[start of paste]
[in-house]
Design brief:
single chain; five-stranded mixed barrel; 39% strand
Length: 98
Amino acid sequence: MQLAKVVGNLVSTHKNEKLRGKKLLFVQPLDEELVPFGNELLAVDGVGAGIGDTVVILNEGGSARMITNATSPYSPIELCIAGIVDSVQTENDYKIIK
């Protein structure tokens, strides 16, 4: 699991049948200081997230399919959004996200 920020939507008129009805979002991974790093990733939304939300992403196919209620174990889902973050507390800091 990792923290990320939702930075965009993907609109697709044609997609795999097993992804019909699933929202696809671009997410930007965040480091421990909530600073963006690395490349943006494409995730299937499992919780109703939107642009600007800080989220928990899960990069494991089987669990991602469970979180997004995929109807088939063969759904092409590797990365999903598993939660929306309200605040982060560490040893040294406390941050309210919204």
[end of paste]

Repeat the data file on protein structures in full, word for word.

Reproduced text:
[in-house]
Design brief:
single chain; five-stranded mixed barrel; 39% strand
Length: 98
Amino acid sequence: MQLAKVVGNLVSTHKNEKLRGKKLLFVQPLDEELVPFGNELLAVDGVGAGIGDTVVILNEGGSARMITNATSPYSPIELCIAGIVDSVQTENDYKIIK
């Protein structure tokens, strides 16, 4: 699991049948200081997230399919959004996200 920020939507008129009805979002991974790093990733939304939300992403196919209620174990889902973050507390800091 990792923290990320939702930075965009993907609109697709044609997609795999097993992804019909699933929202696809671009997410930007965040480091421990909530600073963006690395490349943006494409995730299937499992919780109703939107642009600007800080989220928990899960990069494991089987669990991602469970979180997004995929109807088939063969759904092409590797990365999903598993939660929306309200605040982060560490040893040294406390941050309210919204």